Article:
World Cup 2018: Who are the Managers behind the Smaller Euro Nations – Part One?

So with Russia 2018 well underway, we have decided to take a closer look at the men who are tasked with masterminding the challenge for World Cup glory for the nations in Europe who are not expected to contest for the title. We have already looked at the squads of these nations, with part one here and part two here, but if they are going to shock the world then a genius behind the scenes will surely be a necessity.

Russia

Manager: Stanislav Cherchesov

Appointed:  11 August 2016

Win Rate: 28.57%

So where better to start than the hosts? Russia got the tournament underway with a demolition of Saudi Arabia in the opening match and their fans will now be dreaming of the possibilities their team can achieve. However, in the build up to this tournament it has not exactly been smooth sailing for Cherchesov and his side had failed to win since October 2017.

Born on 2 September 1962, Cherchesov is a former international footballer who played as a goalkeeper for the USSR, and Russia of Ossetian origin. His playing career saw him feature 433 times for various clubs, but his four spells at Spartak Moscow was where he really made his name. He also went on to manage Spartak but it wasn’t until he left the county he was able to find success. He was appointed manager of Legia Warsaw on 6 October 2015 and was immediately rewarded with the Ekstraklasa title as well as a Polish Cup win. Doing the double was obviously enough to convince the Russian FA he was good enough for the top job as he was appointed just a few months after securing it.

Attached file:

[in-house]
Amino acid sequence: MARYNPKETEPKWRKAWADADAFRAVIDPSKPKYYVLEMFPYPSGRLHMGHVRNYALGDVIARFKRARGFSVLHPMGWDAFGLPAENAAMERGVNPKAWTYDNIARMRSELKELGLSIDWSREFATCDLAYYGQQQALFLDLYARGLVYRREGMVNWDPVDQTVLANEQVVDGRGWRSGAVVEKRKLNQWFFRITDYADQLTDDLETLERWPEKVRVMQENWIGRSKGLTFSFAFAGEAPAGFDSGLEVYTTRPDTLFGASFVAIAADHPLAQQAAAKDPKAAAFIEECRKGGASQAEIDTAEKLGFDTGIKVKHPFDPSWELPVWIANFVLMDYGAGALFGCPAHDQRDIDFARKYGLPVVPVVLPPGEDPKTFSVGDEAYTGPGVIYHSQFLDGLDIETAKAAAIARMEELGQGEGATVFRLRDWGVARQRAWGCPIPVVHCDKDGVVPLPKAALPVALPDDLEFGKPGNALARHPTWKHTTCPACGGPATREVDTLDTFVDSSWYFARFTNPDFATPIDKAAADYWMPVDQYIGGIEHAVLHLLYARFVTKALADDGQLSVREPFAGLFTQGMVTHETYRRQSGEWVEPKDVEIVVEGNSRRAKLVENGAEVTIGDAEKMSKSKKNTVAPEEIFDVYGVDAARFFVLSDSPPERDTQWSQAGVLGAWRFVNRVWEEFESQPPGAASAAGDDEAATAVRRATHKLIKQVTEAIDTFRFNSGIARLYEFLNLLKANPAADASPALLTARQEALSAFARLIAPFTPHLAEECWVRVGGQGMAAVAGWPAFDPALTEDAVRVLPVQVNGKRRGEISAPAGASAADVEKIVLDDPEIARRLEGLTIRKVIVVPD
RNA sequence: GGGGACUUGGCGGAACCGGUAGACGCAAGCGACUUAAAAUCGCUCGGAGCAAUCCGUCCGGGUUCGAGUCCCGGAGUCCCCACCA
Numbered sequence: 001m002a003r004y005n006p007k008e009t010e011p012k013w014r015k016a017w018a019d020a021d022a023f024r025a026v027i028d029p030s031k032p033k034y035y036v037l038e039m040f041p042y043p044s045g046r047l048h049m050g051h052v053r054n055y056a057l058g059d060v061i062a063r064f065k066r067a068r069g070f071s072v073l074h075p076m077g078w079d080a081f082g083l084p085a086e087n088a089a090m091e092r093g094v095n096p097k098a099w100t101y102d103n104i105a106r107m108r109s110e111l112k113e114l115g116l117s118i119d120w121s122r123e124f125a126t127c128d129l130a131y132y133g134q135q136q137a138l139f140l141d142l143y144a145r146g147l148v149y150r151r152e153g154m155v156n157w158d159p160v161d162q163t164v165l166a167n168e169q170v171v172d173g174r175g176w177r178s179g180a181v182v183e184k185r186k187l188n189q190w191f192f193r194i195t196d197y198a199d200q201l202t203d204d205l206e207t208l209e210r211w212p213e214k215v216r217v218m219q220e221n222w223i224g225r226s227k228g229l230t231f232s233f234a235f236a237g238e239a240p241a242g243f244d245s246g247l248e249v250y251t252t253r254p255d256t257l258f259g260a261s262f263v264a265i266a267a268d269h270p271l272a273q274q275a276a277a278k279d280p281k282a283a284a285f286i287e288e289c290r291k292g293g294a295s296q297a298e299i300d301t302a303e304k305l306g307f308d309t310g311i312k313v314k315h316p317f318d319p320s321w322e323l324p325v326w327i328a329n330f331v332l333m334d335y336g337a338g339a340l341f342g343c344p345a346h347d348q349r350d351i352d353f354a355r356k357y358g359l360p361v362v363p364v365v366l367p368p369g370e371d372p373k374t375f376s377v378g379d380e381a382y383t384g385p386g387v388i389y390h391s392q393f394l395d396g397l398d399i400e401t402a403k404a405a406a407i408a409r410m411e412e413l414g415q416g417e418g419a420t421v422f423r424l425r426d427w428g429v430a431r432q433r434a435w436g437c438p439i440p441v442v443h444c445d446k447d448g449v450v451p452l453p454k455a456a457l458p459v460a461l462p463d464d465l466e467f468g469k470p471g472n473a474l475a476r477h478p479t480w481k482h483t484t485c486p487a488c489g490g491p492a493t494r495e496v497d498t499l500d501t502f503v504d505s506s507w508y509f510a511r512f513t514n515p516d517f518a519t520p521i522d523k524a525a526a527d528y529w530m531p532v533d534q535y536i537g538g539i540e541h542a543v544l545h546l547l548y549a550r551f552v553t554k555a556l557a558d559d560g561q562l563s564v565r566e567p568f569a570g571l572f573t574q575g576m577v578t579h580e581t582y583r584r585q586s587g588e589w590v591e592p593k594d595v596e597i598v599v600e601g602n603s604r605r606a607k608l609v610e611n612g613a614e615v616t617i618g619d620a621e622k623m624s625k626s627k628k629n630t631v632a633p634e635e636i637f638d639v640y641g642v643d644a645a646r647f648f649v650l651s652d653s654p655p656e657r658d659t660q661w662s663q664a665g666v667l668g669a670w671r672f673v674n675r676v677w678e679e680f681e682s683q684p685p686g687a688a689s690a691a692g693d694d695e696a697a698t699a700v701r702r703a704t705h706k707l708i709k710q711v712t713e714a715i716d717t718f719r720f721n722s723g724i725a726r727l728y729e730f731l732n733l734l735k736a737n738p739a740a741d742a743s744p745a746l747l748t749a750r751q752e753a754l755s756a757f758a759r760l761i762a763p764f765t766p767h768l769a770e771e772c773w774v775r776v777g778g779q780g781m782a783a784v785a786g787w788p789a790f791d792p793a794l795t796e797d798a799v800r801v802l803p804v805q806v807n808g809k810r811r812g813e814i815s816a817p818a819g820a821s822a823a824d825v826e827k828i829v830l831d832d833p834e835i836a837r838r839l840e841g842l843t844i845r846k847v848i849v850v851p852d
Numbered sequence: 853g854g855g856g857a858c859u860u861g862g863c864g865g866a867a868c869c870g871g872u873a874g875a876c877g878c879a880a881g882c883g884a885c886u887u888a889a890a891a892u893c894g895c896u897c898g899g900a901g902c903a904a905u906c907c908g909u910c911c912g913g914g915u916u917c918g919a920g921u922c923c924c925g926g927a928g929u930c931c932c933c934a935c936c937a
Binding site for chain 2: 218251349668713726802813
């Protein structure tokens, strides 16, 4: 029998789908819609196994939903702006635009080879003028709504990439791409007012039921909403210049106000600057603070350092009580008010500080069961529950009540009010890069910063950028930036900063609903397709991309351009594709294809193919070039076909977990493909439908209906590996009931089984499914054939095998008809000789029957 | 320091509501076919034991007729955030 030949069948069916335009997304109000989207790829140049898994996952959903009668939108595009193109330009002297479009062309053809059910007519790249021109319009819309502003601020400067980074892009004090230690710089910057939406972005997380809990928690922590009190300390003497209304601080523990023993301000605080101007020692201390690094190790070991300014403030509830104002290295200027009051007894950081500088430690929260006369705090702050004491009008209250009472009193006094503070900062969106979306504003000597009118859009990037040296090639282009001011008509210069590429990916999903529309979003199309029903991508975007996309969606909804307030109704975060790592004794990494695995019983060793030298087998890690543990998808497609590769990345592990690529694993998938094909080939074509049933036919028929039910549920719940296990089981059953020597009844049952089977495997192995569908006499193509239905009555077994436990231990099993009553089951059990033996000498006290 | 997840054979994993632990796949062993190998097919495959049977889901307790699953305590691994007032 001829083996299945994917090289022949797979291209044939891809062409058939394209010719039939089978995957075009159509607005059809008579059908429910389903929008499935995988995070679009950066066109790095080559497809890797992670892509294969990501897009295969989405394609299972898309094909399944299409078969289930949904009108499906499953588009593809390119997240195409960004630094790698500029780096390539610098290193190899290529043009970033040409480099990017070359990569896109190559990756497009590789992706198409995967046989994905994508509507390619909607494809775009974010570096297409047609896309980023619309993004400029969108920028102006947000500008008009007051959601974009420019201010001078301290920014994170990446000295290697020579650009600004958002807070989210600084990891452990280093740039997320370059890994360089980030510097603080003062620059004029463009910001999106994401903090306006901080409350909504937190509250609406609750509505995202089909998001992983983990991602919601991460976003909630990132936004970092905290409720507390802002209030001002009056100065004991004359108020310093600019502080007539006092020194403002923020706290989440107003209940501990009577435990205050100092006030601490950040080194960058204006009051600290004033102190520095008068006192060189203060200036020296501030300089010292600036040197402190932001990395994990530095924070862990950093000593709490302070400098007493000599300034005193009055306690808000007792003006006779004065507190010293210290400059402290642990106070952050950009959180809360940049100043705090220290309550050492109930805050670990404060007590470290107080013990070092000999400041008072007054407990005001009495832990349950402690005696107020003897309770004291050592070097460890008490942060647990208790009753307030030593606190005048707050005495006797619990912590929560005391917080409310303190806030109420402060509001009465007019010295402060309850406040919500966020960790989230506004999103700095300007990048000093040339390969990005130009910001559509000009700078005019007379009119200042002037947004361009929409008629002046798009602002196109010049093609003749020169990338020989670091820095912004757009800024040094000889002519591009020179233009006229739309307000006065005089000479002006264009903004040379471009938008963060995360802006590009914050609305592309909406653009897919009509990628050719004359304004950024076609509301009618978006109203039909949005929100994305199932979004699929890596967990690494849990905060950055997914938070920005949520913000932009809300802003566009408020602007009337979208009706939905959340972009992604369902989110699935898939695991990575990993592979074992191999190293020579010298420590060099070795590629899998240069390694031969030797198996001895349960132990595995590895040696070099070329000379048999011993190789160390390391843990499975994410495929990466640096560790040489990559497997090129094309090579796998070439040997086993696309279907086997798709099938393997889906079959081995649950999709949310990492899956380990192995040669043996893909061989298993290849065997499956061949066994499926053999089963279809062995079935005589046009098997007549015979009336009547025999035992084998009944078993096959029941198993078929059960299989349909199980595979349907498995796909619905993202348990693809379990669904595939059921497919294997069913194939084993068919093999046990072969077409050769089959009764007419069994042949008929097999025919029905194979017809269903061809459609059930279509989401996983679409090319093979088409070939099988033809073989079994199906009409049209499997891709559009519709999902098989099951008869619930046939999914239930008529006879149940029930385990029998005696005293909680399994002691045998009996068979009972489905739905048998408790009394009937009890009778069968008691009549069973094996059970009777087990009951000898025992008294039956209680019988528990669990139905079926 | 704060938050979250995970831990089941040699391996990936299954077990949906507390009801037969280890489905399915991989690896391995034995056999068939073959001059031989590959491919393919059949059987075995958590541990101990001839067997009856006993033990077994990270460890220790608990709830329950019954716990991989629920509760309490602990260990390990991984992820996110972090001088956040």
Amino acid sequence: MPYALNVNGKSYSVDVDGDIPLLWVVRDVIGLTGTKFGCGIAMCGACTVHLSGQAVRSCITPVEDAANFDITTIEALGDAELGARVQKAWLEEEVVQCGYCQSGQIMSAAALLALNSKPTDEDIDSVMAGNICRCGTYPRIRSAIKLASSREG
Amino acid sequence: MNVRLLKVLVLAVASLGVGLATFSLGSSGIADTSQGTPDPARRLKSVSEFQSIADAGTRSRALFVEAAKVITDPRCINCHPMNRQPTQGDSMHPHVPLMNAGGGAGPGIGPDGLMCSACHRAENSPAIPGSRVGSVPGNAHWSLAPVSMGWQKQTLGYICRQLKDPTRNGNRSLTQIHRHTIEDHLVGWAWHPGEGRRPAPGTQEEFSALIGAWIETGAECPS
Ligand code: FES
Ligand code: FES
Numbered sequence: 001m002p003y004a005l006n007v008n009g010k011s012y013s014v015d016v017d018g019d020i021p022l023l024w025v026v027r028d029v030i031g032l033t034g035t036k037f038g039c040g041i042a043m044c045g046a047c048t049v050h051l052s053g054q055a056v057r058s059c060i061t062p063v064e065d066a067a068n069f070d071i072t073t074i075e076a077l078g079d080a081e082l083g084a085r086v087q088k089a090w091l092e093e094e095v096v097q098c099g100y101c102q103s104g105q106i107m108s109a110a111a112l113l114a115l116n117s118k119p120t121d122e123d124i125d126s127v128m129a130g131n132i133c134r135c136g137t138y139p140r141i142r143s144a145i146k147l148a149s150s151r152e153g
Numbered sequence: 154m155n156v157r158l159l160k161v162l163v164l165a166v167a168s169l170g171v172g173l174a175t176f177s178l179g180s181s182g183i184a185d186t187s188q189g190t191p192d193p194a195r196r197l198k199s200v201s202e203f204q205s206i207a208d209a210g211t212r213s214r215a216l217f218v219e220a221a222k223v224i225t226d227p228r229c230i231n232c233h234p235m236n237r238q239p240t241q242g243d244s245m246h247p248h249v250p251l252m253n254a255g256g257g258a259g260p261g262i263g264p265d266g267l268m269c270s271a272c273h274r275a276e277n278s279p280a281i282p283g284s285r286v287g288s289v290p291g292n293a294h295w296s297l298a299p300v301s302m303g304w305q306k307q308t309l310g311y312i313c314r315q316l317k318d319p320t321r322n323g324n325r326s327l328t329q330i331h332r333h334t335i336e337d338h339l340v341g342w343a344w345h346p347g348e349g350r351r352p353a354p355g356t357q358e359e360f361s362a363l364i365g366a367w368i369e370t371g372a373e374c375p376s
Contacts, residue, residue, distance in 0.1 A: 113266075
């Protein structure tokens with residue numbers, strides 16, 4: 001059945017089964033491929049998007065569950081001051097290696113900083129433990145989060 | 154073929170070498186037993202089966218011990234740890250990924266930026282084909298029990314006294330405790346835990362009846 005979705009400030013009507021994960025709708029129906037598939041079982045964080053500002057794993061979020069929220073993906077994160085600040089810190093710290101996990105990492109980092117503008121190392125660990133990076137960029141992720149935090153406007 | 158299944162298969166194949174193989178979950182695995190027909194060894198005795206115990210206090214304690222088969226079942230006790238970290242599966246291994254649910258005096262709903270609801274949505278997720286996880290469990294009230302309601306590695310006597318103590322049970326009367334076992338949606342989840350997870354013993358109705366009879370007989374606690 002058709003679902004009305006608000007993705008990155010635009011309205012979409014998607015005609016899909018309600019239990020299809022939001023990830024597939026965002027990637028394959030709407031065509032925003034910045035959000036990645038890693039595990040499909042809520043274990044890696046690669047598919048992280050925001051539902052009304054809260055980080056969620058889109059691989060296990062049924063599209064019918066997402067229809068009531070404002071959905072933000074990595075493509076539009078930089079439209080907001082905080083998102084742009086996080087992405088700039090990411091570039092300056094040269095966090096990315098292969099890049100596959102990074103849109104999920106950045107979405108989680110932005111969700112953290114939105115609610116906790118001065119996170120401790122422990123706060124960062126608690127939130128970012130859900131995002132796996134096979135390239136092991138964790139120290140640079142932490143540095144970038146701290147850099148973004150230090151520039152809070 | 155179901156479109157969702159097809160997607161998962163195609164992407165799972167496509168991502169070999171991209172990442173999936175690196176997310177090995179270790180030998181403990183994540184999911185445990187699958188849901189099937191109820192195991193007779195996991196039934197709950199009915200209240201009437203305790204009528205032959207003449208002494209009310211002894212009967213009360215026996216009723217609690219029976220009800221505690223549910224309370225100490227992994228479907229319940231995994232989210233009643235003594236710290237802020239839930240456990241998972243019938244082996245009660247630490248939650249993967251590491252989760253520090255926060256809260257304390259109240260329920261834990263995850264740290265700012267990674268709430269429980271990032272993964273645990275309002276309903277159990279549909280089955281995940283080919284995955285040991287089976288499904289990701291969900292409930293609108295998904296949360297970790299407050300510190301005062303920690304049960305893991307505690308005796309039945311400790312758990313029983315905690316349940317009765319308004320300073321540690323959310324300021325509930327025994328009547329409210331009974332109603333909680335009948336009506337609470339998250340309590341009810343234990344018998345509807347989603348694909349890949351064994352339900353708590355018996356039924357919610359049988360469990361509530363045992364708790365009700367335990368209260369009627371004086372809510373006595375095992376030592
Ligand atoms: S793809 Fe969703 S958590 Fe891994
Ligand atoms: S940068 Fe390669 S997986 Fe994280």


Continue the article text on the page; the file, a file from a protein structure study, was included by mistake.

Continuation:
Set a target of reaching the World Cup semi-finals by the Russian FA, Cherchesov certainly faces an uphill battle to keep his job beyond this summer. His task has not been made any easier by the fact that, as the host nation, Russia have not played any competitive football for quite some time. There has also been little opportunity for his side to build any confidence or belief in his leadership as his friendlies have included the likes of Brazil, France, Argentina, and Spain in the last 12 months.

Croatia

Manager: Zlatko Dalić

Appointed: 7 October 2017

Win Ratio: 62.50%

Croatia World Cup 2018

Zlatko Dalić is a man who has had to go out and earn his reputation as a coach the hard way. He managed to make 283 appearances in a playing career which spanned over 17 years, but he was never able to make the breakthrough into the international arena and instead had to settle for achievements at club level.

After ending his playing career in 2000 he became assistant coach at Varteks. He worked his way up the food chain and in May 2005 he was appointed manager. In  his first season at the helm he won third place in the Croatian First League and reached the final of the Croatian Football Cup. This success obviously did not go unnoticed and in 2006 he was appointed as the assistant manager for the Croatian Under-21 side.